Opposite the church at the far end of Stanton-by-Bridge take the signposted footpath downhill to the sailing club.

Turn right and follow the club’s access track.

A little over 150 yards beyond where the track turns left around the lake, turn right to follow a field path heading across three fields, heading towards the causeway of Swarkestone Bridge – use stiles to keep to the line of the path.

Climb up to the bridge and turn left along the narrow pavement.

N.B. Take great care when walking along the narrow pavement beside the equally narrow road. Walk in single file with children and dogs under constant scrutiny.

At the far end of the bridge, immediately after it has crossed the River Trent, cross over to the other side of the road and turn right on to a path first going down to the riverbank.

Continue with the path as it bears left away from the river, on to a surfaced lane in order to reach the parish church.

Go to the right at the back of the churchyard and then, following the direction of a fingerpost half right, cross the field in order to reach the Old Hall.

Cross the access lane to the farm and walk on past the Old Hall.

Cross the first of two stiles and follow a faint grassy path, keeping the boundary hedge on your right.

Go over a wide concrete bridge and then bearing half right cross two fields using the stile to keep to the right of way.

Reaching the canal do not go over the bridge, but turn right along the canal tow-path.

Follow the tow path for about a mile until it reaches an old iron railway bridge.

Leave the canal by turning right on to a short path climbing up to the track over the railway bridge.  The abandoned railway is now a walkers and cyclists’ trail.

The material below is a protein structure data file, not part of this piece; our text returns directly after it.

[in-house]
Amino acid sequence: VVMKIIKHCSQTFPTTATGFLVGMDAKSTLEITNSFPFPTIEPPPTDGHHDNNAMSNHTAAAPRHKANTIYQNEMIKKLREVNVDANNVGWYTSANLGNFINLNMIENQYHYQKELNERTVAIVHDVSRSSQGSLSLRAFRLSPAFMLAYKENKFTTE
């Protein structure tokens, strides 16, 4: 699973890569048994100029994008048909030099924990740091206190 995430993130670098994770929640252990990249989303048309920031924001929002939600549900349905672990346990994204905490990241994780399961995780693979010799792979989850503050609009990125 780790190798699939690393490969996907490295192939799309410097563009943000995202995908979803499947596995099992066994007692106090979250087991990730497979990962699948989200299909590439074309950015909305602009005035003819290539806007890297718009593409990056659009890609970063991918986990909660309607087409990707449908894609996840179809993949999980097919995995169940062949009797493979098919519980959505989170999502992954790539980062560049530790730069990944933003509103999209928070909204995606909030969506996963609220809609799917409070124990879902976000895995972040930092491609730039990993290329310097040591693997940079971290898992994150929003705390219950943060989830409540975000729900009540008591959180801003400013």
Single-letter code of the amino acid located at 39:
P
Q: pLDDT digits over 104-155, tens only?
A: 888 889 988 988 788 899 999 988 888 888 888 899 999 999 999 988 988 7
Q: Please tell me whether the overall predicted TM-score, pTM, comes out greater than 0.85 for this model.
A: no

Turn right and follow the trail, over a viaduct across the River Trent and onwards for about three quarters of a mile until the trail reaches a bridge.

Leave the trail by climbing a path to the right of the bridge in order to reach a surfaced lane leading into King’s Newton.

Turn right along the lane.  Go past modern houses to reach a road junction marked by an old stone cross.

Turn right along the village street, following it past the old black and white houses and the Jacobean-style hall.  The Hardinge Arms pub is on the right.

At a small traffic calming island, leave the village street by turning right to join a narrow lane.  Follow this, over a slight rise and then down, for a little over a mile.

Where the lane joins the main road at the southern end of Swarkestone bridge position yourself slightly to the right where you can see traffic moving in both directions.  Cross the road with care and go over a stone stile partly hidden by bushes.

Over the stile, immediately bear left and following a wire fence climb the grassy slope.

The path reaches the main street in Stanton- by-Bridge where your car is parked.